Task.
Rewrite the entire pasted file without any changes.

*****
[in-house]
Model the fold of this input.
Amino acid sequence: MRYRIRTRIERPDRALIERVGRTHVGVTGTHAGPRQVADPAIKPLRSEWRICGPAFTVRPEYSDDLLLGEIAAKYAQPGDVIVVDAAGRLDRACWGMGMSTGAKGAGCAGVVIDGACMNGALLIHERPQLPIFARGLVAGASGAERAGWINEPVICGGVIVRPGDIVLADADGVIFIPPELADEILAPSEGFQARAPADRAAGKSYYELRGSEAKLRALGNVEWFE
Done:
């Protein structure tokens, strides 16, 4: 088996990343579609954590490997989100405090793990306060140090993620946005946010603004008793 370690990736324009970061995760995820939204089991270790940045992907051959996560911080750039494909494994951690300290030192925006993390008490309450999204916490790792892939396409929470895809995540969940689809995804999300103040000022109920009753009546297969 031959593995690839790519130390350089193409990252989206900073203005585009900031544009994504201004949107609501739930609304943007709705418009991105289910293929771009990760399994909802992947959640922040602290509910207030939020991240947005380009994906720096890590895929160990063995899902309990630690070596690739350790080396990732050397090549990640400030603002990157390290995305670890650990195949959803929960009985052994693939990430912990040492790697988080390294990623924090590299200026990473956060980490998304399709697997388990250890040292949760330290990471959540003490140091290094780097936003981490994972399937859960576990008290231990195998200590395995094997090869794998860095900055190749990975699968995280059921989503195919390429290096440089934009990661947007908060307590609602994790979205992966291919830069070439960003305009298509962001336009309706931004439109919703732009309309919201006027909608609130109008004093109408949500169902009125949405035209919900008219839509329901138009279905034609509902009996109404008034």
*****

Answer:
[in-house]
Model the fold of this input.
Amino acid sequence: MRYRIRTRIERPDRALIERVGRTHVGVTGTHAGPRQVADPAIKPLRSEWRICGPAFTVRPEYSDDLLLGEIAAKYAQPGDVIVVDAAGRLDRACWGMGMSTGAKGAGCAGVVIDGACMNGALLIHERPQLPIFARGLVAGASGAERAGWINEPVICGGVIVRPGDIVLADADGVIFIPPELADEILAPSEGFQARAPADRAAGKSYYELRGSEAKLRALGNVEWFE
Done:
């Protein structure tokens, strides 16, 4: 088996990343579609954590490997989100405090793990306060140090993620946005946010603004008793 370690990736324009970061995760995820939204089991270790940045992907051959996560911080750039494909494994951690300290030192925006993390008490309450999204916490790792892939396409929470895809995540969940689809995804999300103040000022109920009753009546297969 031959593995690839790519130390350089193409990252989206900073203005585009900031544009994504201004949107609501739930609304943007709705418009991105289910293929771009990760399994909802992947959640922040602290509910207030939020991240947005380009994906720096890590895929160990063995899902309990630690070596690739350790080396990732050397090549990640400030603002990157390290995305670890650990195949959803929960009985052994693939990430912990040492790697988080390294990623924090590299200026990473956060980490998304399709697997388990250890040292949760330290990471959540003490140091290094780097936003981490994972399937859960576990008290231990195998200590395995094997090869794998860095900055190749990975699968995280059921989503195919390429290096440089934009990661947007908060307590609602994790979205992966291919830069070439960003305009298509962001336009309706931004439109919703732009309309919201006027909608609130109008004093109408949500169902009125949405035209919900008219839509329901138009279905034609509902009996109404008034």